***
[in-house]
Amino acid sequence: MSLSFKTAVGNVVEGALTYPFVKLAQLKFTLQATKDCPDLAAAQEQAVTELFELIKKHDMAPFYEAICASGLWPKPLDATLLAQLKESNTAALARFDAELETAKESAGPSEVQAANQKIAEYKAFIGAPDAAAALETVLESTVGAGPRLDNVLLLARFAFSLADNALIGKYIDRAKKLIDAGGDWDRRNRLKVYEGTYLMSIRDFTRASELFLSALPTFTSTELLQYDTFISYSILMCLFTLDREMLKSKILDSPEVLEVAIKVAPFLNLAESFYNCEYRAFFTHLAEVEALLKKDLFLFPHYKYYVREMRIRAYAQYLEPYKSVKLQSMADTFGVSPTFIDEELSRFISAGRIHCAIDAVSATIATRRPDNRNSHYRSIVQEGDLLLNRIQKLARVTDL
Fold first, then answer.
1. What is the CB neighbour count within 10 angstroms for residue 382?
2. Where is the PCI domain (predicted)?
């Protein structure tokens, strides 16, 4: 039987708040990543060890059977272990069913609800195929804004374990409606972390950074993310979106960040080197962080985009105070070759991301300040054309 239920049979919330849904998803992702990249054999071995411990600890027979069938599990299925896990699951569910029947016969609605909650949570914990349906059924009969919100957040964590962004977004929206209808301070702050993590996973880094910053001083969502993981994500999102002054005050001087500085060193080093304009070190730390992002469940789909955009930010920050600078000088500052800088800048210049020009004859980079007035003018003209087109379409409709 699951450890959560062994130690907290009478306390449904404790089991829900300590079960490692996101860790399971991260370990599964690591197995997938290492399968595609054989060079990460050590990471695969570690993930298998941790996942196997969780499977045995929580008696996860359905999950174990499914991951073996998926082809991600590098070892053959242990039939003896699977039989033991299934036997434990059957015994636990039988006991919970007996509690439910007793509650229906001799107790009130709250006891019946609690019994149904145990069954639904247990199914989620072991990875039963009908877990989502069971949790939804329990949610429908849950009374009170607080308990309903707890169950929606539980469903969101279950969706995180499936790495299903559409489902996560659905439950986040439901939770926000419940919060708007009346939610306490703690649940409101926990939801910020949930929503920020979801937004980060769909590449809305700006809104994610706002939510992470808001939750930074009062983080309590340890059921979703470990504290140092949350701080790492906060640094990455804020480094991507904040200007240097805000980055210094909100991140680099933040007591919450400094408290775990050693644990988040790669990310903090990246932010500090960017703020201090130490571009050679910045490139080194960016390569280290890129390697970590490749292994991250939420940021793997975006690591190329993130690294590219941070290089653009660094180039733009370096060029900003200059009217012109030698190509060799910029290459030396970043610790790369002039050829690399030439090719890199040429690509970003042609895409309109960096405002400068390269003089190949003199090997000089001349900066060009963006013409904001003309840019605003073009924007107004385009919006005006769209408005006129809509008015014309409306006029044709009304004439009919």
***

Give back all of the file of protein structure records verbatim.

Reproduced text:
[in-house]
Amino acid sequence: MSLSFKTAVGNVVEGALTYPFVKLAQLKFTLQATKDCPDLAAAQEQAVTELFELIKKHDMAPFYEAICASGLWPKPLDATLLAQLKESNTAALARFDAELETAKESAGPSEVQAANQKIAEYKAFIGAPDAAAALETVLESTVGAGPRLDNVLLLARFAFSLADNALIGKYIDRAKKLIDAGGDWDRRNRLKVYEGTYLMSIRDFTRASELFLSALPTFTSTELLQYDTFISYSILMCLFTLDREMLKSKILDSPEVLEVAIKVAPFLNLAESFYNCEYRAFFTHLAEVEALLKKDLFLFPHYKYYVREMRIRAYAQYLEPYKSVKLQSMADTFGVSPTFIDEELSRFISAGRIHCAIDAVSATIATRRPDNRNSHYRSIVQEGDLLLNRIQKLARVTDL
Fold first, then answer.
1. What is the CB neighbour count within 10 angstroms for residue 382?
2. Where is the PCI domain (predicted)?
């Protein structure tokens, strides 16, 4: 039987708040990543060890059977272990069913609800195929804004374990409606972390950074993310979106960040080197962080985009105070070759991301300040054309 239920049979919330849904998803992702990249054999071995411990600890027979069938599990299925896990699951569910029947016969609605909650949570914990349906059924009969919100957040964590962004977004929206209808301070702050993590996973880094910053001083969502993981994500999102002054005050001087500085060193080093304009070190730390992002469940789909955009930010920050600078000088500052800088800048210049020009004859980079007035003018003209087109379409409709 699951450890959560062994130690907290009478306390449904404790089991829900300590079960490692996101860790399971991260370990599964690591197995997938290492399968595609054989060079990460050590990471695969570690993930298998941790996942196997969780499977045995929580008696996860359905999950174990499914991951073996998926082809991600590098070892053959242990039939003896699977039989033991299934036997434990059957015994636990039988006991919970007996509690439910007793509650229906001799107790009130709250006891019946609690019994149904145990069954639904247990199914989620072991990875039963009908877990989502069971949790939804329990949610429908849950009374009170607080308990309903707890169950929606539980469903969101279950969706995180499936790495299903559409489902996560659905439950986040439901939770926000419940919060708007009346939610306490703690649940409101926990939801910020949930929503920020979801937004980060769909590449809305700006809104994610706002939510992470808001939750930074009062983080309590340890059921979703470990504290140092949350701080790492906060640094990455804020480094991507904040200007240097805000980055210094909100991140680099933040007591919450400094408290775990050693644990988040790669990310903090990246932010500090960017703020201090130490571009050679910045490139080194960016390569280290890129390697970590490749292994991250939420940021793997975006690591190329993130690294590219941070290089653009660094180039733009370096060029900003200059009217012109030698190509060799910029290459030396970043610790790369002039050829690399030439090719890199040429690509970003042609895409309109960096405002400068390269003089190949003199090997000089001349900066060009963006013409904001003309840019605003073009924007107004385009919006005006769209408005006129809509008015014309409306006029044709009304004439009919």